Consisting of the Chief Justice of India (CJI) and 30 sanctioned other judges, it has extensive powers in the form of original, appellate and advisory jurisdictions
The Supreme Court (SC) is the highest judicial forum and final court of appeal under the Constitution of India.
Consisting of the Chief Justice of India (CJI) and 30 sanctioned other judges, it has extensive powers in the form of original, appellate and advisory jurisdictions.
It safeguards fundamental rights of citizens and settles disputes between various governments in the country.
As an advisory court, SC hears matters which may specifically be referred to it under the Constitution by the President of India. It also may take cognisance of matters on its own without anyone drawing its attention to them.
The law declared by SC becomes binding on all courts within India and also by the union and state governments.
A judge is appointed to SC by the President on the recommendation of the collegium — a closed group comprising CJI, the four most senior judges of the top court and the senior-most judge hailing from the HC of a prospective appointee.
SC judges retire at the age of 65.
As head of SC, the CJI is responsible for allocation of cases and appointment of constitutional benches which deal with important matters of law.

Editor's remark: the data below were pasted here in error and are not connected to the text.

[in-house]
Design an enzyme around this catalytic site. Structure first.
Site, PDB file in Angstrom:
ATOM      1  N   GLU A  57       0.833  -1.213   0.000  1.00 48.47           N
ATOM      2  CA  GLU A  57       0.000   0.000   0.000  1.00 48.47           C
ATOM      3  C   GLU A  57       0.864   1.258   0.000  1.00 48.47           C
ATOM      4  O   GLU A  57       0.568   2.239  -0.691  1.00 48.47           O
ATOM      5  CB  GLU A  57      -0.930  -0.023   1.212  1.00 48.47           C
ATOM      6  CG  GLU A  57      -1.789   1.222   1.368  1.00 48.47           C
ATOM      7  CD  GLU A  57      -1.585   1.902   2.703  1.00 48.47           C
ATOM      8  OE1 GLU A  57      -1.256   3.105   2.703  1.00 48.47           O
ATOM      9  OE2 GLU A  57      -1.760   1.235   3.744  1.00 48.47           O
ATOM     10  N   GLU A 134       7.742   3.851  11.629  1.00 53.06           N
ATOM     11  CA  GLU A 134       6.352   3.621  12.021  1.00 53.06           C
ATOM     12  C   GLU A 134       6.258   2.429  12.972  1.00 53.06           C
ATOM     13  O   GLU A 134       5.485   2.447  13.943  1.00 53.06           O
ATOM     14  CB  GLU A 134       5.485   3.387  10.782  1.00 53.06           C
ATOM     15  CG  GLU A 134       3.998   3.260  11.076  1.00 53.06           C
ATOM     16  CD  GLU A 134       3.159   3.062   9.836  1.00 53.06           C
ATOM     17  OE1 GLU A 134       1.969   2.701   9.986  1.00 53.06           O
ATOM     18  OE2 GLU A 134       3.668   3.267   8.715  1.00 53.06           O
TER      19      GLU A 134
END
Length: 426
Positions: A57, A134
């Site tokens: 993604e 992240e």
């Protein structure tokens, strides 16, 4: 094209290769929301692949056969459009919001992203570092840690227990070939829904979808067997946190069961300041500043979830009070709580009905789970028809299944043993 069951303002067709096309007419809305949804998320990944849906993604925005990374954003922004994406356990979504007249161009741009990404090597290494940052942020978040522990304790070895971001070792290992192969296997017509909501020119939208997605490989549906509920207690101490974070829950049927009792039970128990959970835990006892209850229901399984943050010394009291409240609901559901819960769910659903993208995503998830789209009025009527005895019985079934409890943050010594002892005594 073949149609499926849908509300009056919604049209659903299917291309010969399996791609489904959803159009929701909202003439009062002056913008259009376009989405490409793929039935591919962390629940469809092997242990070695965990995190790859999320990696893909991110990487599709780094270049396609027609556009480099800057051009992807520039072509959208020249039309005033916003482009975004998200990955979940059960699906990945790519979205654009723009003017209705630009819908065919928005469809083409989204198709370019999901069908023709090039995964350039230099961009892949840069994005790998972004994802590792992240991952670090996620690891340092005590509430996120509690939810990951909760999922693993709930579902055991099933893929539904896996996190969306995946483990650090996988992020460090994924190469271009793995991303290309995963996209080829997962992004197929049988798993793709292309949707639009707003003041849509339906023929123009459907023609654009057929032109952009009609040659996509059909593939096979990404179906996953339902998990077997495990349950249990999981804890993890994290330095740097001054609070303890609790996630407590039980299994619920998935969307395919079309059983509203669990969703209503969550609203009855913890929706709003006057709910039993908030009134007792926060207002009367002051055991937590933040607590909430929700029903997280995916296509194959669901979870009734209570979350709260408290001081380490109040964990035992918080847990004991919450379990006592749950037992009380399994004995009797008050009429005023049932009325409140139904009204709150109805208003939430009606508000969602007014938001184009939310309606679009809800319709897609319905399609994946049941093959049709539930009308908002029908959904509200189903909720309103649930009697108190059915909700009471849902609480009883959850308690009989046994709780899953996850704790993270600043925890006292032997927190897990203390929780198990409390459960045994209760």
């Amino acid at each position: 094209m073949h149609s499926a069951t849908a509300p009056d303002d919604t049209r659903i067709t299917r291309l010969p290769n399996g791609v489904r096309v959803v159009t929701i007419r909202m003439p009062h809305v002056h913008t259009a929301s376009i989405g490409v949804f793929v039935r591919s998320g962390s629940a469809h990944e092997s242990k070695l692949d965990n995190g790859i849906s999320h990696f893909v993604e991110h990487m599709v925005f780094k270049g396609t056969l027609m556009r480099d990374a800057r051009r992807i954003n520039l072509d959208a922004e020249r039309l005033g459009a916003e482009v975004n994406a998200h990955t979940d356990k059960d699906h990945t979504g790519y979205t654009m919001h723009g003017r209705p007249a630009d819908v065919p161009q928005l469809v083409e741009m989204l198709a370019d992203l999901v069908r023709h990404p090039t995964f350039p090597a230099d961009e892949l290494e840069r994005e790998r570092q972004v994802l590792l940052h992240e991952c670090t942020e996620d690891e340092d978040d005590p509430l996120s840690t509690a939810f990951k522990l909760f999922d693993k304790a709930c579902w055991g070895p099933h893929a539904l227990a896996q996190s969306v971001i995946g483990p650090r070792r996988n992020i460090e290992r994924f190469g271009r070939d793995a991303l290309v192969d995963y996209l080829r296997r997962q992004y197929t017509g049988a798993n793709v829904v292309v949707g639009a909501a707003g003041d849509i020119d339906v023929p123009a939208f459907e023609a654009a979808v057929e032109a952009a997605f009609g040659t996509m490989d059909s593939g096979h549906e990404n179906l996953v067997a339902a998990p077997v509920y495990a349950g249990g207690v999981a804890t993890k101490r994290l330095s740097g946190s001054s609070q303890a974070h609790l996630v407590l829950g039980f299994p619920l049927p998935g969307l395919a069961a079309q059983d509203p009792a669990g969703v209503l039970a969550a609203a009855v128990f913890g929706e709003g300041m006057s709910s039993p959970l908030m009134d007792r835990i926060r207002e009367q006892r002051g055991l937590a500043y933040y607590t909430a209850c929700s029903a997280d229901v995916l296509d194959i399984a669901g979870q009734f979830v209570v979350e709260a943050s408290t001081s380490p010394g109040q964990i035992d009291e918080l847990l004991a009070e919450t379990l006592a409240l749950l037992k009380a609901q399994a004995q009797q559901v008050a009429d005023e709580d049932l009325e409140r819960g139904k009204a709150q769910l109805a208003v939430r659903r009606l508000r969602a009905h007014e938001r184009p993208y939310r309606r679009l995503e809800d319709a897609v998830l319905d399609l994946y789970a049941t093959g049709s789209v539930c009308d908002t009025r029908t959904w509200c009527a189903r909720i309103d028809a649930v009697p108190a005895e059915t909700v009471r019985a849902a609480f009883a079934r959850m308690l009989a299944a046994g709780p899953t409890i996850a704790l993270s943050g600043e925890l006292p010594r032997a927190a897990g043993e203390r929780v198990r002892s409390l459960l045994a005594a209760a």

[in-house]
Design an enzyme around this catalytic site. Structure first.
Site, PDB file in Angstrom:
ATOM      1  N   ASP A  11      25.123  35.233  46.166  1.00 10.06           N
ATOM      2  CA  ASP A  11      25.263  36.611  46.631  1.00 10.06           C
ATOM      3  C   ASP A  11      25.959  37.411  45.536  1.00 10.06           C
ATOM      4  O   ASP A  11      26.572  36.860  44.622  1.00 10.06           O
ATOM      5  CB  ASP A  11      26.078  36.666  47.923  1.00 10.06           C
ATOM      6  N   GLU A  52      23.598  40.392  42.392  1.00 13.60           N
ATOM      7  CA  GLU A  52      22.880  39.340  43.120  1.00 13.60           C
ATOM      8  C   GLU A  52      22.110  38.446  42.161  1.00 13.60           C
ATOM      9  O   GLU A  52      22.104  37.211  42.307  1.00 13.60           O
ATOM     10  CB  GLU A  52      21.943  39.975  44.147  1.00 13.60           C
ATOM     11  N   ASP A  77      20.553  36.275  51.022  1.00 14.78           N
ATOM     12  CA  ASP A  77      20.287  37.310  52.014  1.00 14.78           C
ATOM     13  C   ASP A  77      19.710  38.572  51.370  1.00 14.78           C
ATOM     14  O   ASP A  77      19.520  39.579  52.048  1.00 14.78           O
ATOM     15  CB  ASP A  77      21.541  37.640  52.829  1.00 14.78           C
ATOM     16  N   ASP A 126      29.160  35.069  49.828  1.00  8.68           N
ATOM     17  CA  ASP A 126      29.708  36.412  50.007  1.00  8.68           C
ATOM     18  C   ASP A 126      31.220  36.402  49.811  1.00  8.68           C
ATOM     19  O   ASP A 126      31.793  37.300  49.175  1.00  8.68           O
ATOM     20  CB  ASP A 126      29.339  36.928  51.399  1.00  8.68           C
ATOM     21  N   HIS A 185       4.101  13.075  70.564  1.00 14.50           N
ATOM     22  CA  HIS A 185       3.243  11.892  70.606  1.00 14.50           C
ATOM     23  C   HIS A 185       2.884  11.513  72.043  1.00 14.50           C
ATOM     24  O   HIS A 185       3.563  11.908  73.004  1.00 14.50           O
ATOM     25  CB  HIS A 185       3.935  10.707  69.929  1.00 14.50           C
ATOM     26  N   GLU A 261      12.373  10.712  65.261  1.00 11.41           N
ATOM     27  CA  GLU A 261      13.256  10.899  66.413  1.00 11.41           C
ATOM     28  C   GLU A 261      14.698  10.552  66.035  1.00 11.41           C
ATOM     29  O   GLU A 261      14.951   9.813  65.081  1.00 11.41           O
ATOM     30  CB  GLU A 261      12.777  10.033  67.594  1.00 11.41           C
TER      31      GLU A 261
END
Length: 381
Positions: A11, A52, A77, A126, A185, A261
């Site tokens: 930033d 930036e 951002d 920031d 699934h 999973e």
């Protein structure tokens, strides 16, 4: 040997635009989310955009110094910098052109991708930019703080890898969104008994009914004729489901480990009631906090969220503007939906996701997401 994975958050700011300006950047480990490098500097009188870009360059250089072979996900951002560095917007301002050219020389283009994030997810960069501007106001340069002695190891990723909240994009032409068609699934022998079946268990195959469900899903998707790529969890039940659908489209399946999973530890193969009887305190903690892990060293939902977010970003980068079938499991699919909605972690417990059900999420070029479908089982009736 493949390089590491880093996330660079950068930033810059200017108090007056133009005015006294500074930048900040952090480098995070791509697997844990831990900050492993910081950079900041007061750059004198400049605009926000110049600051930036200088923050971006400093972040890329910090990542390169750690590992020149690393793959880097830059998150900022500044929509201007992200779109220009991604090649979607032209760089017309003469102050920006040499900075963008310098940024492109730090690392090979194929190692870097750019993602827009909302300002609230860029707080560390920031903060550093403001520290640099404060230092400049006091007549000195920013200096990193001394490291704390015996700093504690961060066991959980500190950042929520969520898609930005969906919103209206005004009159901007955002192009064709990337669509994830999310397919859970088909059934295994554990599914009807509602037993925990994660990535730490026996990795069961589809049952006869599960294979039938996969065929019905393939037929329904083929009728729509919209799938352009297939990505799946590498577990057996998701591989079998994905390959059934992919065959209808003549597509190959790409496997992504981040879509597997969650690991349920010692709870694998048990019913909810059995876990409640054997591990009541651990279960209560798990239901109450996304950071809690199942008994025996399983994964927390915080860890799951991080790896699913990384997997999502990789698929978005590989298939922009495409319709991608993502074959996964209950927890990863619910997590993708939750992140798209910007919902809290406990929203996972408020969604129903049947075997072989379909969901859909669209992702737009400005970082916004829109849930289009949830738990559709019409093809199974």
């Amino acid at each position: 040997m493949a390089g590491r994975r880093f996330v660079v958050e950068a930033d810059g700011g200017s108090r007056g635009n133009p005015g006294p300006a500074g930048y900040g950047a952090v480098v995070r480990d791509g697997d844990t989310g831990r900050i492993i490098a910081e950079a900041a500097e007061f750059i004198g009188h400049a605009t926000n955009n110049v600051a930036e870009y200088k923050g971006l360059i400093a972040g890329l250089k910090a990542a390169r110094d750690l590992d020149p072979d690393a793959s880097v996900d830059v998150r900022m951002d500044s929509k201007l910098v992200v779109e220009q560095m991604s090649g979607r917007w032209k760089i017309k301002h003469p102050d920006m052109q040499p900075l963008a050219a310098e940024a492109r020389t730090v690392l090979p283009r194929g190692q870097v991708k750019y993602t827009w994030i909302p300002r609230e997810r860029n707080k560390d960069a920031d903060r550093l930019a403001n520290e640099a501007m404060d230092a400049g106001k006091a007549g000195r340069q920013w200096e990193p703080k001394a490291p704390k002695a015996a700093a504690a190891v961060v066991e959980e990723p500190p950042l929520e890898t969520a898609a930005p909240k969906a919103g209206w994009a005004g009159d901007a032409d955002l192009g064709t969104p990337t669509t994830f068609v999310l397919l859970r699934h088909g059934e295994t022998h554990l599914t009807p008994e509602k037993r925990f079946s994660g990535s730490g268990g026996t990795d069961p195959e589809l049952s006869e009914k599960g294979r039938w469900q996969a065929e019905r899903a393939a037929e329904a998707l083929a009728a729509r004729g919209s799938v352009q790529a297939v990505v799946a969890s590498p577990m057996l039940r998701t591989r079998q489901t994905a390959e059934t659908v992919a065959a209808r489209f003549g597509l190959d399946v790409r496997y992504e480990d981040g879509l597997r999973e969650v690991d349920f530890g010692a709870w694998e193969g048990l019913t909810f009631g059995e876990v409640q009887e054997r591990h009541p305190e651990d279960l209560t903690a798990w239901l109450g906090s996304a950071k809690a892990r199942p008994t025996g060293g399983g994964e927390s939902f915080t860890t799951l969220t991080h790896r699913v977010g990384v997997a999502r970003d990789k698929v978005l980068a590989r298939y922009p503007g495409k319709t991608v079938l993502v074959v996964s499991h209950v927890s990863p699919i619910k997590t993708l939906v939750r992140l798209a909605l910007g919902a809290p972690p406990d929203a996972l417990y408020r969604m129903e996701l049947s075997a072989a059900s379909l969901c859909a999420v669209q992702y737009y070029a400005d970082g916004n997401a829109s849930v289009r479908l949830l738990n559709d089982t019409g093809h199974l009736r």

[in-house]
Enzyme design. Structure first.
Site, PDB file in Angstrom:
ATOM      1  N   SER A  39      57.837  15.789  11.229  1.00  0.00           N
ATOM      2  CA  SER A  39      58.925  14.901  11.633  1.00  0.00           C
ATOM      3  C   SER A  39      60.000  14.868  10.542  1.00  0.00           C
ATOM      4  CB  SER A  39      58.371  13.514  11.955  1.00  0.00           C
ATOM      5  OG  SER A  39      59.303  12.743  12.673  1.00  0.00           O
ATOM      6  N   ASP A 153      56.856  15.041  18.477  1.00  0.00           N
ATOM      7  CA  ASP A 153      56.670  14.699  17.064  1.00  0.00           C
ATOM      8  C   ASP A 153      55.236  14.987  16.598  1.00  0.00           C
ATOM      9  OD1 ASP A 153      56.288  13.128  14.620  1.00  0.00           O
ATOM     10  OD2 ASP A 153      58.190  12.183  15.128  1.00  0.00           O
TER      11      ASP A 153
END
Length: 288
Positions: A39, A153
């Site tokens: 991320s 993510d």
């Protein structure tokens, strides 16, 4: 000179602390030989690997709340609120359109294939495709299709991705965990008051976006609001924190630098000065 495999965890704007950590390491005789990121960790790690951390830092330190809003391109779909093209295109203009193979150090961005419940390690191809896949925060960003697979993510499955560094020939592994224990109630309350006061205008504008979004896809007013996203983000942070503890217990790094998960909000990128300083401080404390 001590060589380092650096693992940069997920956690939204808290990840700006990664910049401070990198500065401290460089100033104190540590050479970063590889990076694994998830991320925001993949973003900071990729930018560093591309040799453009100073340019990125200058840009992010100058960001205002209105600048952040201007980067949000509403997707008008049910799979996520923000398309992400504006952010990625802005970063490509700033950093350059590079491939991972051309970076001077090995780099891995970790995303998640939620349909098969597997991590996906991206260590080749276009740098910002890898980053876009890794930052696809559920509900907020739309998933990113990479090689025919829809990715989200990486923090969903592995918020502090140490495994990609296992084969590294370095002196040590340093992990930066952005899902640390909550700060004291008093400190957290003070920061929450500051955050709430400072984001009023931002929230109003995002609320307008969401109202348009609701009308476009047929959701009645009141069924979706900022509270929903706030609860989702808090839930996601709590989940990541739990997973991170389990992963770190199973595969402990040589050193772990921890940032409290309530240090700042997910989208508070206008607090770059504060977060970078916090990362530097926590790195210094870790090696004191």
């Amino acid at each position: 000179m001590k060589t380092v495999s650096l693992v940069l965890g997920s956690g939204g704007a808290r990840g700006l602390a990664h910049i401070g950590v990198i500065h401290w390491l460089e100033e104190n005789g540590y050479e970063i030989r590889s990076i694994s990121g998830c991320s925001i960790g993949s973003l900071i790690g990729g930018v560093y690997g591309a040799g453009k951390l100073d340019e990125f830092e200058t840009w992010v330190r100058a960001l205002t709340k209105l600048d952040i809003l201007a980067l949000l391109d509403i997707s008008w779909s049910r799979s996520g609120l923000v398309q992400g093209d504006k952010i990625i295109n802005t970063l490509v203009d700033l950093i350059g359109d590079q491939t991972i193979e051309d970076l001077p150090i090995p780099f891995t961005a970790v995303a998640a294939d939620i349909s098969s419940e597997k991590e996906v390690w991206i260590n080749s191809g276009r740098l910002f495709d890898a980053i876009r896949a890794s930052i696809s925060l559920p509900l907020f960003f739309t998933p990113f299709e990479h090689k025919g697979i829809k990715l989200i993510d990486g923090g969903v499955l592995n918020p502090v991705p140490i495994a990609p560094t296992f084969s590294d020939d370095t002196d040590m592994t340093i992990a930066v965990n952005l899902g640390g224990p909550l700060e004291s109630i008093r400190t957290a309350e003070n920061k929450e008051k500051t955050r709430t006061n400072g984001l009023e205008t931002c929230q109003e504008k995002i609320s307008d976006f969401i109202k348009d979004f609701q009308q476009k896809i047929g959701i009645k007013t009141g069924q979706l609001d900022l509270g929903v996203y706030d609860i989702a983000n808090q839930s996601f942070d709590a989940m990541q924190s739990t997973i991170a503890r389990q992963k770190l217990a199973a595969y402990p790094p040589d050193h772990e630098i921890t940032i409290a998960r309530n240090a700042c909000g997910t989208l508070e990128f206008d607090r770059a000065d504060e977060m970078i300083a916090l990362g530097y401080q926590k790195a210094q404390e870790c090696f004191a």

On the administrative side, the Chief Justice carries out the following functions: maintenance of the roster; appointment of court officials and general and miscellaneous matters relating to the supervision and functioning of the apex court.
It has been an unbroken convention for decades now, to appoint the senior-most judge of SC as CJI.
Article 124 of the Constitution of India provides for the manner of appointing judges to the Supreme Court.
Though no specific provision exists in the Constitution for appointing CJI, as a result, the outgoing CJI recommends the name of the senior-most judge (ie by date of appointment to SC) for appointment by the President of India, as his successor.